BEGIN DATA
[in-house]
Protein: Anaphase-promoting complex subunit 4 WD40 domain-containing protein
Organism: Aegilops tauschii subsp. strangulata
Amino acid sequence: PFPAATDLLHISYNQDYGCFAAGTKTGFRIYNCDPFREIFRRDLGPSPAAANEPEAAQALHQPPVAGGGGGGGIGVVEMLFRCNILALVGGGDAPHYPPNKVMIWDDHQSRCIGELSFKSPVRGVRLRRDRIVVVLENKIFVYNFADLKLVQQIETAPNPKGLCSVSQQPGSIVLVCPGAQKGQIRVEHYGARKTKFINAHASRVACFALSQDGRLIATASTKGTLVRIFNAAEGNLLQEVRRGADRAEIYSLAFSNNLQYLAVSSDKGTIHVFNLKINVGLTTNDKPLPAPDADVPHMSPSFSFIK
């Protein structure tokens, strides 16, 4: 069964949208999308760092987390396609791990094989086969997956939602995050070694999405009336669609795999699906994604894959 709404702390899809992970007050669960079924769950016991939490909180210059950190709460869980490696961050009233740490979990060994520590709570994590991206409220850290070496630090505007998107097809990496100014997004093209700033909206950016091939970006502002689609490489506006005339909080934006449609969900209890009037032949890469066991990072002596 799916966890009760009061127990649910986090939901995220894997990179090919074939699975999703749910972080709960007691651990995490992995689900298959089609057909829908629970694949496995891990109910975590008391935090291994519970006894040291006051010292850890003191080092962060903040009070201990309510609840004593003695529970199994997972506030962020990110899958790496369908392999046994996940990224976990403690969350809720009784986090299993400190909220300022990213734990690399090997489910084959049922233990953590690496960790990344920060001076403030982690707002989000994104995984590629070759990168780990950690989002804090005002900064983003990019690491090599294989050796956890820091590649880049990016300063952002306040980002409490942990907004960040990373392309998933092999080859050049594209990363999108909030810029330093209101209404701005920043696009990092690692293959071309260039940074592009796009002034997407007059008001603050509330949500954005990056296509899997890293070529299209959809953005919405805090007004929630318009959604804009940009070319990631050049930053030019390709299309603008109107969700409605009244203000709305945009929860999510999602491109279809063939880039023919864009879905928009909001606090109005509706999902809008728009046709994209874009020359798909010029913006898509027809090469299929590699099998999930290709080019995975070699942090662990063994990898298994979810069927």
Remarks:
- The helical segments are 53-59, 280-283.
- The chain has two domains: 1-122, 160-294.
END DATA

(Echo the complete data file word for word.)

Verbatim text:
[in-house]
Protein: Anaphase-promoting complex subunit 4 WD40 domain-containing protein
Organism: Aegilops tauschii subsp. strangulata
Amino acid sequence: PFPAATDLLHISYNQDYGCFAAGTKTGFRIYNCDPFREIFRRDLGPSPAAANEPEAAQALHQPPVAGGGGGGGIGVVEMLFRCNILALVGGGDAPHYPPNKVMIWDDHQSRCIGELSFKSPVRGVRLRRDRIVVVLENKIFVYNFADLKLVQQIETAPNPKGLCSVSQQPGSIVLVCPGAQKGQIRVEHYGARKTKFINAHASRVACFALSQDGRLIATASTKGTLVRIFNAAEGNLLQEVRRGADRAEIYSLAFSNNLQYLAVSSDKGTIHVFNLKINVGLTTNDKPLPAPDADVPHMSPSFSFIK
């Protein structure tokens, strides 16, 4: 069964949208999308760092987390396609791990094989086969997956939602995050070694999405009336669609795999699906994604894959 709404702390899809992970007050669960079924769950016991939490909180210059950190709460869980490696961050009233740490979990060994520590709570994590991206409220850290070496630090505007998107097809990496100014997004093209700033909206950016091939970006502002689609490489506006005339909080934006449609969900209890009037032949890469066991990072002596 799916966890009760009061127990649910986090939901995220894997990179090919074939699975999703749910972080709960007691651990995490992995689900298959089609057909829908629970694949496995891990109910975590008391935090291994519970006894040291006051010292850890003191080092962060903040009070201990309510609840004593003695529970199994997972506030962020990110899958790496369908392999046994996940990224976990403690969350809720009784986090299993400190909220300022990213734990690399090997489910084959049922233990953590690496960790990344920060001076403030982690707002989000994104995984590629070759990168780990950690989002804090005002900064983003990019690491090599294989050796956890820091590649880049990016300063952002306040980002409490942990907004960040990373392309998933092999080859050049594209990363999108909030810029330093209101209404701005920043696009990092690692293959071309260039940074592009796009002034997407007059008001603050509330949500954005990056296509899997890293070529299209959809953005919405805090007004929630318009959604804009940009070319990631050049930053030019390709299309603008109107969700409605009244203000709305945009929860999510999602491109279809063939880039023919864009879905928009909001606090109005509706999902809008728009046709994209874009020359798909010029913006898509027809090469299929590699099998999930290709080019995975070699942090662990063994990898298994979810069927």
Remarks:
- The helical segments are 53-59, 280-283.
- The chain has two domains: 1-122, 160-294.